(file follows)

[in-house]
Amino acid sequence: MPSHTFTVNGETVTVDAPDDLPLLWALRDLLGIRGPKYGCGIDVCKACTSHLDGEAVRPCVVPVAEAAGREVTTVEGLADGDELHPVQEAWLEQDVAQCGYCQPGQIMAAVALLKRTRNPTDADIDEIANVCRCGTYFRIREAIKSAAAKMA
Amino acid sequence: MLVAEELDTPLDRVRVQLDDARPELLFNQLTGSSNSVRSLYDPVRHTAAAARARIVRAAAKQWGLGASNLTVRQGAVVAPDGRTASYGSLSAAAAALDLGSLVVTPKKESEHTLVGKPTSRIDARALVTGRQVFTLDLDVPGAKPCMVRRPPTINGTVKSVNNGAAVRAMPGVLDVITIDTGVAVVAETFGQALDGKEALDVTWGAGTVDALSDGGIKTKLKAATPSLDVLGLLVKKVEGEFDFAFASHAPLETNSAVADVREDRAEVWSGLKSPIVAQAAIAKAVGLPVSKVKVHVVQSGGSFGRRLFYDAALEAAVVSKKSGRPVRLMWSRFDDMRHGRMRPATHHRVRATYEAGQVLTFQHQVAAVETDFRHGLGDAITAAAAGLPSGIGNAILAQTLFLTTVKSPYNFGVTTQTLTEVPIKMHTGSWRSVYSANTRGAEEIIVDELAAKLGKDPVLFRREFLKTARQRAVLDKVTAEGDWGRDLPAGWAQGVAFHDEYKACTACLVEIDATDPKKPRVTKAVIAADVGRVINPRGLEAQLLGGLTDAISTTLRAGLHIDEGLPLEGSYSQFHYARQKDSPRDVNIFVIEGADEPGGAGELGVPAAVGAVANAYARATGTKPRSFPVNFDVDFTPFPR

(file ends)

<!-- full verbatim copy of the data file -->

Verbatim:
[in-house]
Amino acid sequence: MPSHTFTVNGETVTVDAPDDLPLLWALRDLLGIRGPKYGCGIDVCKACTSHLDGEAVRPCVVPVAEAAGREVTTVEGLADGDELHPVQEAWLEQDVAQCGYCQPGQIMAAVALLKRTRNPTDADIDEIANVCRCGTYFRIREAIKSAAAKMA
Amino acid sequence: MLVAEELDTPLDRVRVQLDDARPELLFNQLTGSSNSVRSLYDPVRHTAAAARARIVRAAAKQWGLGASNLTVRQGAVVAPDGRTASYGSLSAAAAALDLGSLVVTPKKESEHTLVGKPTSRIDARALVTGRQVFTLDLDVPGAKPCMVRRPPTINGTVKSVNNGAAVRAMPGVLDVITIDTGVAVVAETFGQALDGKEALDVTWGAGTVDALSDGGIKTKLKAATPSLDVLGLLVKKVEGEFDFAFASHAPLETNSAVADVREDRAEVWSGLKSPIVAQAAIAKAVGLPVSKVKVHVVQSGGSFGRRLFYDAALEAAVVSKKSGRPVRLMWSRFDDMRHGRMRPATHHRVRATYEAGQVLTFQHQVAAVETDFRHGLGDAITAAAAGLPSGIGNAILAQTLFLTTVKSPYNFGVTTQTLTEVPIKMHTGSWRSVYSANTRGAEEIIVDELAAKLGKDPVLFRREFLKTARQRAVLDKVTAEGDWGRDLPAGWAQGVAFHDEYKACTACLVEIDATDPKKPRVTKAVIAADVGRVINPRGLEAQLLGGLTDAISTTLRAGLHIDEGLPLEGSYSQFHYARQKDSPRDVNIFVIEGADEPGGAGELGVPAAVGAVANAYARATGTKPRSFPVNFDVDFTPFPR